WARSAW – Legal chaos has deepened dramatically in Poland, with the government and the country's high court judges clashing over who administers justice — a rift that some experts say is an assault on the young democracy and could lead to a break from the European Union.
The right-wing populist governing party has tried to take control of Poland's court system ever since it won power in 2015, steadily eroding the courts' independence from politics.
The party took two major steps Thursday toward assuming full sway over the legal system: passing legislation that allows the government to fire judges whose rulings it does not like and expressing open defiance of a Supreme Court resolution that condemned some judges' appointments as illegitimate.
The European Union expressed its deep concerns Friday as Poland's government continues to defy the laws and standards that it agreed to uphold when it joined in 2004.
Some European legal scholars warn that the developments threaten the entire E.U. legal system. Courts in the 28 E.U. member countries recognize the decisions of courts in the other nations on topics ranging from European arrest warrants to child custody issues and commercial law.
But as Poland's court system becomes increasingly politicized, there are fears that Polish judges will no longer operate as objective arbitrators and will face pressure to issue rulings to the government's liking.
In a resolution, 60 members of the Supreme Court, which largely has managed to maintain independence from the government, said judges are illegitimate if appointed by a judiciary council that the ruling party has politicized.
Several courts canceled some hearings Friday because of uncertainty over whether some judges had the authority to make rulings.
The high court says the judiciary council is illegitimate because its members are appointed by the government, violating judicial independence. The E.U.'s top court, the European Court of Justice, has warned that the new judicial body could have that effect.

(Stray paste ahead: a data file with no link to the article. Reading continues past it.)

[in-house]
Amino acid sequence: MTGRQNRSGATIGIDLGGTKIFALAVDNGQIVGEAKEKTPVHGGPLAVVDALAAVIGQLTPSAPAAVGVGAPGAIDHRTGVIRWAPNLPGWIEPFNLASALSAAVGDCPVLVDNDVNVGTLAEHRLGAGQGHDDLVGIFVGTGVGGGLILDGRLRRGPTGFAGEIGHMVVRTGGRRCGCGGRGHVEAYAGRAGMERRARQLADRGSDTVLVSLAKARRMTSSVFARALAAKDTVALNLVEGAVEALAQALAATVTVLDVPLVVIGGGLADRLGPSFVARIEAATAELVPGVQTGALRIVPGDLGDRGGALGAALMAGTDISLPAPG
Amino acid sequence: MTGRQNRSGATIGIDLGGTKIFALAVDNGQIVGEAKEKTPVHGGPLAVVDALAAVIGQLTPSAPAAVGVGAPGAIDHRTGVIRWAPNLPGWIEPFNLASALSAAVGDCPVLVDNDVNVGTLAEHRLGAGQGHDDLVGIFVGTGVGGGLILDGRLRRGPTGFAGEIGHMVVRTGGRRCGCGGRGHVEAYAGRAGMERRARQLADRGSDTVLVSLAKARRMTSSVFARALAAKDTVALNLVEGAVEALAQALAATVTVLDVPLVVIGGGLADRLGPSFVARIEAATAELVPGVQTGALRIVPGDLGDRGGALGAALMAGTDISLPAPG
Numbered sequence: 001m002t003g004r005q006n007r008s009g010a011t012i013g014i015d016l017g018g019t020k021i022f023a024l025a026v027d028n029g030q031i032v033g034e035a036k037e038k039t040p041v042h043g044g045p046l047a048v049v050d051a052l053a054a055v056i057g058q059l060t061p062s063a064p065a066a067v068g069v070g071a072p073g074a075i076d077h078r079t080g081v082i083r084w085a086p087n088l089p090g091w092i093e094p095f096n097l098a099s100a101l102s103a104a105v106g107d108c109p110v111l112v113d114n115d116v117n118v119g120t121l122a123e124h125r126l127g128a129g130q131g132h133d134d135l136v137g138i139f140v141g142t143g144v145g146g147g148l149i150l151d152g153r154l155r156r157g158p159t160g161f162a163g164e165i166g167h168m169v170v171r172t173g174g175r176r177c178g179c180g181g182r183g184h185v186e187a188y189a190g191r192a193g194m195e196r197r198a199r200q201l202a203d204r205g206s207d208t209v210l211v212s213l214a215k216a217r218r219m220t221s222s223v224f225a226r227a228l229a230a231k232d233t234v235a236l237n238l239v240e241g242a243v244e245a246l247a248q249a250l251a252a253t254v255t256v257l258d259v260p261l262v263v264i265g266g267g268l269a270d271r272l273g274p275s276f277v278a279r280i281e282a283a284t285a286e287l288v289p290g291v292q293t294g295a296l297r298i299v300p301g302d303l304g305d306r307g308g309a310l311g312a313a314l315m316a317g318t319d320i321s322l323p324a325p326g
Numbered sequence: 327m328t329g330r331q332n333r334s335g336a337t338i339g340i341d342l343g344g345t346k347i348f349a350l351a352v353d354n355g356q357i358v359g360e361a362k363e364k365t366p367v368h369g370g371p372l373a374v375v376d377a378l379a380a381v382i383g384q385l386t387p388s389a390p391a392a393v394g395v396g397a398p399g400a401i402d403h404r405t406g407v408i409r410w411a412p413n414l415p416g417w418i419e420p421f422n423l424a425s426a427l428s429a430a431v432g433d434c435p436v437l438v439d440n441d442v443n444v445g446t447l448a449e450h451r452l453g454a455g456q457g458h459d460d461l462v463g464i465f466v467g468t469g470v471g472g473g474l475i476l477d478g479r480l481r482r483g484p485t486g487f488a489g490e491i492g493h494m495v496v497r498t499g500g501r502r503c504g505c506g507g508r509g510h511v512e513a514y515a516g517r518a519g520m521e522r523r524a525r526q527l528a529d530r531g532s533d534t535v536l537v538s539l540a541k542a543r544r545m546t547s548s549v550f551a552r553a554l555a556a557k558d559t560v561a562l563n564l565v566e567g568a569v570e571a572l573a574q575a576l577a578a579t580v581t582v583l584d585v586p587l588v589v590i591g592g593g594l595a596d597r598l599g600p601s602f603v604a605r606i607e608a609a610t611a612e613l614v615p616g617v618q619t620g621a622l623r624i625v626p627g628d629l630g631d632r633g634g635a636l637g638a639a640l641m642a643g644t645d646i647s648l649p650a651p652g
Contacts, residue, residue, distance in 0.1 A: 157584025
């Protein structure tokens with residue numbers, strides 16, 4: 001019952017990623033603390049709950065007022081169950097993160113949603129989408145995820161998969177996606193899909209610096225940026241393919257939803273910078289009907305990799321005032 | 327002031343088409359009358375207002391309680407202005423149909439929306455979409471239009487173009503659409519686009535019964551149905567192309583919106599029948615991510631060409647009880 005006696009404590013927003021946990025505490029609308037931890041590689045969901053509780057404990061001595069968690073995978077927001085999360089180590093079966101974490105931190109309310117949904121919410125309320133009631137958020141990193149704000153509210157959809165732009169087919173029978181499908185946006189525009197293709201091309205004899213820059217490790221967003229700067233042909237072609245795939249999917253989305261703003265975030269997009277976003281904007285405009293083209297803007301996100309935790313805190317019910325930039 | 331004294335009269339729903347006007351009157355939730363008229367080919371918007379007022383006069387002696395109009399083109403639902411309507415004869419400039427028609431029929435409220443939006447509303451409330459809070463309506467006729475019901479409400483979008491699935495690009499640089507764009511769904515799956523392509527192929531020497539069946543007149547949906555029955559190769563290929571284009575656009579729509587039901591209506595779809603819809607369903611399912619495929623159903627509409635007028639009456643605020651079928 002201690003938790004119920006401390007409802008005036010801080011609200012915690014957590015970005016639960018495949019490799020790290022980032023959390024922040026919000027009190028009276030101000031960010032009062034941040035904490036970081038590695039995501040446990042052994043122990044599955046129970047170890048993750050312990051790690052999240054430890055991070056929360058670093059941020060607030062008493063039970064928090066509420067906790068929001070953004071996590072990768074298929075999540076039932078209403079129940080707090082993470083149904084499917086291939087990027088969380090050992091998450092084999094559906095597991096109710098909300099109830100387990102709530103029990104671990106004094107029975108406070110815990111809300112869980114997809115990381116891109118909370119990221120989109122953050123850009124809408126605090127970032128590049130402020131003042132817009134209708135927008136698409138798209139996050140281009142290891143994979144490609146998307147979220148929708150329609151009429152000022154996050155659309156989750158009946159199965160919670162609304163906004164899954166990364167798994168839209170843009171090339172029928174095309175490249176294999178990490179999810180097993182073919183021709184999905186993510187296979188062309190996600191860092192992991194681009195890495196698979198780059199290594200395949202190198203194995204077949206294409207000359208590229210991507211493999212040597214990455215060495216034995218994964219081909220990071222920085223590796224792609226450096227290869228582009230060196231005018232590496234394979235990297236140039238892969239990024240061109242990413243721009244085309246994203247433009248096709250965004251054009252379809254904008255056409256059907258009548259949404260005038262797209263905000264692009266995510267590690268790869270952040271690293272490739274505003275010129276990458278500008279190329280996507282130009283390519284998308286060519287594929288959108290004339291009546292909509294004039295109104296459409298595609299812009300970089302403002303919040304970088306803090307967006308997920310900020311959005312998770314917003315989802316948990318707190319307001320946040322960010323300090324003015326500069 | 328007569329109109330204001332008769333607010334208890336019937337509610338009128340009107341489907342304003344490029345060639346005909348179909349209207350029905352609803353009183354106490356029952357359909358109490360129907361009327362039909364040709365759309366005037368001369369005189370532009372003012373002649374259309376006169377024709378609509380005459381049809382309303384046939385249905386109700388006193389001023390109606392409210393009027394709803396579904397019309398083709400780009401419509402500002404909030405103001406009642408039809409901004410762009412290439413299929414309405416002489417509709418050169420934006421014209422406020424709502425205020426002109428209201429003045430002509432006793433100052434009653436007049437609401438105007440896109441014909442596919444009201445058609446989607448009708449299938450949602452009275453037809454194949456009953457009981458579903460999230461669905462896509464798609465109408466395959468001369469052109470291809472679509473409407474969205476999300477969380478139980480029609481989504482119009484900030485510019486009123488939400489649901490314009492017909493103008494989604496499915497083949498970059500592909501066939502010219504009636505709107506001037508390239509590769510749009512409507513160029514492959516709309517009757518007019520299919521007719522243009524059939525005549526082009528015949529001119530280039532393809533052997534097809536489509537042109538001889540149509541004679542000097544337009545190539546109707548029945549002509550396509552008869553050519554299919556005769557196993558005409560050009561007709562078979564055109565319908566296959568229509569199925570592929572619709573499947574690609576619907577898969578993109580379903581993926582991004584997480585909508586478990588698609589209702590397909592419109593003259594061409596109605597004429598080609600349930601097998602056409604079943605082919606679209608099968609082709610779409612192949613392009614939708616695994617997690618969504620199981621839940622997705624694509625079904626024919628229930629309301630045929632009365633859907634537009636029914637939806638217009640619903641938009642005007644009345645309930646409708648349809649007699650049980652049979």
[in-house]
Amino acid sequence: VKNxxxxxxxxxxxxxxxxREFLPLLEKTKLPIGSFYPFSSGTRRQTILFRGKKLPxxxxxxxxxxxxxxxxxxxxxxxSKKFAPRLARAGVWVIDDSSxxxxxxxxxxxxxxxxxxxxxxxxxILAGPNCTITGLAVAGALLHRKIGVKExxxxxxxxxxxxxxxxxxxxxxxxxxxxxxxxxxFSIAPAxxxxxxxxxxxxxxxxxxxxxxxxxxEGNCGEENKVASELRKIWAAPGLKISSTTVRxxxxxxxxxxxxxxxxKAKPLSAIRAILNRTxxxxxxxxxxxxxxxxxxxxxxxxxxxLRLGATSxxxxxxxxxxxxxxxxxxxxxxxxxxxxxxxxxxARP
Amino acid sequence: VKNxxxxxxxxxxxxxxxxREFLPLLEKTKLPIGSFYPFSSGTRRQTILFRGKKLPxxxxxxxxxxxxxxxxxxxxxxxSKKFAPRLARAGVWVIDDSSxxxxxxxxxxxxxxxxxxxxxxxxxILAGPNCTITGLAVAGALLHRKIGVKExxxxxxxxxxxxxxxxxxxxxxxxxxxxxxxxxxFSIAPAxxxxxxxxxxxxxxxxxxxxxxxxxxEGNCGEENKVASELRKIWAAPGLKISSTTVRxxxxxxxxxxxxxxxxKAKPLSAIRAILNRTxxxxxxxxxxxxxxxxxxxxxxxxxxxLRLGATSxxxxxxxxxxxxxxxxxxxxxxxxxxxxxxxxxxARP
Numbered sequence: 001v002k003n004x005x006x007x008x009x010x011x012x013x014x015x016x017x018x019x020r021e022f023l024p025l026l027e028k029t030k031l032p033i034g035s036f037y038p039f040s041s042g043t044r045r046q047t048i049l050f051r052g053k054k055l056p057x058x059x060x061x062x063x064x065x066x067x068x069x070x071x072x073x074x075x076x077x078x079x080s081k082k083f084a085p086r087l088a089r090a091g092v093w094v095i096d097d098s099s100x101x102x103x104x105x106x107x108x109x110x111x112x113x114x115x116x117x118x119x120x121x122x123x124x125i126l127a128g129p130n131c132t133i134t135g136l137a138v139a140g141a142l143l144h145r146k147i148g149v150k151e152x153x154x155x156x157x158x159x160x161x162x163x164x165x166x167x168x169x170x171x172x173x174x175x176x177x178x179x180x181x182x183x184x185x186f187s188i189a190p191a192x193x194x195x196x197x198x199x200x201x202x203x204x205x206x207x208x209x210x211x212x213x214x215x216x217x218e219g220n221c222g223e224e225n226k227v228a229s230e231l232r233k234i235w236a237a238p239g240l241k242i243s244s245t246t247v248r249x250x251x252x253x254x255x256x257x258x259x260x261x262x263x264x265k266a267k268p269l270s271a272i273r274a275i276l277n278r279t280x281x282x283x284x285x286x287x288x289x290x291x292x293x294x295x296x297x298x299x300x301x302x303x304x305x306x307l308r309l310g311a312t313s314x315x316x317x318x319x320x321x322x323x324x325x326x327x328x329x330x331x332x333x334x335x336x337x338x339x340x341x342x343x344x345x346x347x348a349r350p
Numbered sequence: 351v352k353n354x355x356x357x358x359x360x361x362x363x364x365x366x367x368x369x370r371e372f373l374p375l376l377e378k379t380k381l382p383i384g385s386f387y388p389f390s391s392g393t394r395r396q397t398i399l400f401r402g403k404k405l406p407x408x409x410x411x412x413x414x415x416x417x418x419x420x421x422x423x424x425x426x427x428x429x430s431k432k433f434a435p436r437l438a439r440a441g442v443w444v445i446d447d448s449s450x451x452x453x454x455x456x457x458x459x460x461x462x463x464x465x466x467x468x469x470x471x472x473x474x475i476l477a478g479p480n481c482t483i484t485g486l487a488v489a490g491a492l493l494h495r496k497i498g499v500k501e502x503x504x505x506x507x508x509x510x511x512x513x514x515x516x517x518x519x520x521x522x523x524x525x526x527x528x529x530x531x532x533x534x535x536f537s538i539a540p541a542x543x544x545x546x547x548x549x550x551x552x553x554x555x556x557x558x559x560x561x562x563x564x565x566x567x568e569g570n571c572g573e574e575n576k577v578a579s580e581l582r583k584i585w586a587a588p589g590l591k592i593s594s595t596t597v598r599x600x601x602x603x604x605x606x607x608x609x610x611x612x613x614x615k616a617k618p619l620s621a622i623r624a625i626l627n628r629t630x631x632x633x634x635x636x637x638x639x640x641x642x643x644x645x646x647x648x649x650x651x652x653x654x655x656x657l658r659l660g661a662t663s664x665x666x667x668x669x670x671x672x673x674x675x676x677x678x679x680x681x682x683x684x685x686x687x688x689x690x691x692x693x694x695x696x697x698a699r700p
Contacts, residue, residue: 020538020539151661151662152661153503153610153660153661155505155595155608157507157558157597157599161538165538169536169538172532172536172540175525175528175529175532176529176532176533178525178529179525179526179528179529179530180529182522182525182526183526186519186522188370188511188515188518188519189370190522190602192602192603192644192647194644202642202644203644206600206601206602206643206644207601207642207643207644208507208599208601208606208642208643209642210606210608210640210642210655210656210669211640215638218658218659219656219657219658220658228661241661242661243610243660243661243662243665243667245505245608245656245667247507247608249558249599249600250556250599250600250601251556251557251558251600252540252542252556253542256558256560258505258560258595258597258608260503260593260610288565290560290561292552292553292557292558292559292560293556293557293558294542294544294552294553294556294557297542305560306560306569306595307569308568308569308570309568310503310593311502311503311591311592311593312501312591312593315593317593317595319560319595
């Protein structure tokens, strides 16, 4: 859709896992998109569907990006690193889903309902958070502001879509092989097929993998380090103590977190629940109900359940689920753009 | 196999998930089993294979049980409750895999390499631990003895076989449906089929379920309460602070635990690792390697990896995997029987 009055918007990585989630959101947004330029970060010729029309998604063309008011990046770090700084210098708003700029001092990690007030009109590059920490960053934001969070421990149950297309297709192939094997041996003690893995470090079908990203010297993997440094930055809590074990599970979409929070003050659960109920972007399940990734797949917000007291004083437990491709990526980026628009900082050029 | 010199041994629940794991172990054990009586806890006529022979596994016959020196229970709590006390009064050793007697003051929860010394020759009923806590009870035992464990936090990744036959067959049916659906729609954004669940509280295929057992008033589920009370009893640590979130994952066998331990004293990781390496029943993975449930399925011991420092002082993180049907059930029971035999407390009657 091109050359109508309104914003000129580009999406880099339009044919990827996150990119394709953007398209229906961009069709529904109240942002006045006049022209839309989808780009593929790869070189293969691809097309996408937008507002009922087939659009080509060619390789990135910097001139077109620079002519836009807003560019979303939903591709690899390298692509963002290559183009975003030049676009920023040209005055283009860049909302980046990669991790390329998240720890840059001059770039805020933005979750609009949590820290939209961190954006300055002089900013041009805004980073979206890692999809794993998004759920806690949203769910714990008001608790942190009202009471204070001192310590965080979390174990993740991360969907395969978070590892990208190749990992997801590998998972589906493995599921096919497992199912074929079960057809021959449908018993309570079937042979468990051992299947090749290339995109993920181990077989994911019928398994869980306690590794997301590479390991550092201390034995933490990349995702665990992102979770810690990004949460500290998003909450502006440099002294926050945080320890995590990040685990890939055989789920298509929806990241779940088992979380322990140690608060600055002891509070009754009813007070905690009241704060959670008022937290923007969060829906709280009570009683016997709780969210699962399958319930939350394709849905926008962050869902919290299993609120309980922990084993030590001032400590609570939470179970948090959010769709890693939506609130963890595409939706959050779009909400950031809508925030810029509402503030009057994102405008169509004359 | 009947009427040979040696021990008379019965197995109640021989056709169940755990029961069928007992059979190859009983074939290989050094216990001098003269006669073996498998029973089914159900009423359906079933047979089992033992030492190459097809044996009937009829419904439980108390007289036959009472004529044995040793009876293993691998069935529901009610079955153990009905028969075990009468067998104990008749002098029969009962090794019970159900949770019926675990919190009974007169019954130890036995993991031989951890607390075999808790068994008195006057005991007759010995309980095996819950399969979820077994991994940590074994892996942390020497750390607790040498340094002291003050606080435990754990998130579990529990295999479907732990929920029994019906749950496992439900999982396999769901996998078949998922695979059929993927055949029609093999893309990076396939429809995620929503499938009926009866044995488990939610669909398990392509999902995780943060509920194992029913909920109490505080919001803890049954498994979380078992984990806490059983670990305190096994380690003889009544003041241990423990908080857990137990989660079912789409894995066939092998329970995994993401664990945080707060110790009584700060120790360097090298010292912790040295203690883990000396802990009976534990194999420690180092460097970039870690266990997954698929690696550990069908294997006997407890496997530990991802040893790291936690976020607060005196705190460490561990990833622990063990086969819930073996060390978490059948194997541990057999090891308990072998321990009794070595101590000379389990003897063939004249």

Also Thursday, the lower house of Parliament passed legislation allowing politicians to fire judges who rule against the government, even if they adhere to E.U. law.
The so-called "muzzle law" has been condemned by the E.U., the United Nations and the Council of Europe, the continent's largest human rights body. Amnesty International has said the law would end the separation of powers in Poland.
Polish constitutional expert Bogna Baczynska said the E.U. legal framework ensures that citizens in all member states are guaranteed equal rights, and a breach by a member country breaks the common foundation.
The legislation goes next to President Andrzej Duda, who is expected to sign it. He argued that the justice system is deeply flawed and needs reform. He also asserted that the E.U. does not have the right to dictate to Poland how to run its justice system.
"We will not be told, in foreign languages, what kind of system we should have in Poland and how Poland's affairs should be taken care of," Duda said.